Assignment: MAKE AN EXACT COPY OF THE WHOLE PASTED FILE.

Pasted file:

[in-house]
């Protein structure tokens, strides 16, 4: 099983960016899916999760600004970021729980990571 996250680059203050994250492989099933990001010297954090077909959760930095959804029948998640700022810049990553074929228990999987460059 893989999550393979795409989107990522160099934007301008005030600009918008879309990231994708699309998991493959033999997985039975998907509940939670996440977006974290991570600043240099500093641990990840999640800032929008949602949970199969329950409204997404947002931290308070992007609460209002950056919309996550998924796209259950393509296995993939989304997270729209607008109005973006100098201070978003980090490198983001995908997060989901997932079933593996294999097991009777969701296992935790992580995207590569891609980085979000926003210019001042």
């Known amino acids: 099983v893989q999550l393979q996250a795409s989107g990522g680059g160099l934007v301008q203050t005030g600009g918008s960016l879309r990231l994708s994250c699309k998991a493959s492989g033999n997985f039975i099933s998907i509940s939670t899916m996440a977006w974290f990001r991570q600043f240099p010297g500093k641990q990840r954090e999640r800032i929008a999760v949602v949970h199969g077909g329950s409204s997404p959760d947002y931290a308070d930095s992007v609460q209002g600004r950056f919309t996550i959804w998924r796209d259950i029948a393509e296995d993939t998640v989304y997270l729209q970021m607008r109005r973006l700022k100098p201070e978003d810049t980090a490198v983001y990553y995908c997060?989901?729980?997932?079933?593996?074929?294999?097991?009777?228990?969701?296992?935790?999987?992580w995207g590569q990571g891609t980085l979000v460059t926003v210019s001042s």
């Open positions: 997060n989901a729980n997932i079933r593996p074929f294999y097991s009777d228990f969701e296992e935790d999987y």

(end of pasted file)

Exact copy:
[in-house]
């Protein structure tokens, strides 16, 4: 099983960016899916999760600004970021729980990571 996250680059203050994250492989099933990001010297954090077909959760930095959804029948998640700022810049990553074929228990999987460059 893989999550393979795409989107990522160099934007301008005030600009918008879309990231994708699309998991493959033999997985039975998907509940939670996440977006974290991570600043240099500093641990990840999640800032929008949602949970199969329950409204997404947002931290308070992007609460209002950056919309996550998924796209259950393509296995993939989304997270729209607008109005973006100098201070978003980090490198983001995908997060989901997932079933593996294999097991009777969701296992935790992580995207590569891609980085979000926003210019001042």
């Known amino acids: 099983v893989q999550l393979q996250a795409s989107g990522g680059g160099l934007v301008q203050t005030g600009g918008s960016l879309r990231l994708s994250c699309k998991a493959s492989g033999n997985f039975i099933s998907i509940s939670t899916m996440a977006w974290f990001r991570q600043f240099p010297g500093k641990q990840r954090e999640r800032i929008a999760v949602v949970h199969g077909g329950s409204s997404p959760d947002y931290a308070d930095s992007v609460q209002g600004r950056f919309t996550i959804w998924r796209d259950i029948a393509e296995d993939t998640v989304y997270l729209q970021m607008r109005r973006l700022k100098p201070e978003d810049t980090a490198v983001y990553y995908c997060?989901?729980?997932?079933?593996?074929?294999?097991?009777?228990?969701?296992?935790?999987?992580w995207g590569q990571g891609t980085l979000v460059t926003v210019s001042s």
């Open positions: 997060n989901a729980n997932i079933r593996p074929f294999y097991s009777d228990f969701e296992e935790d999987y």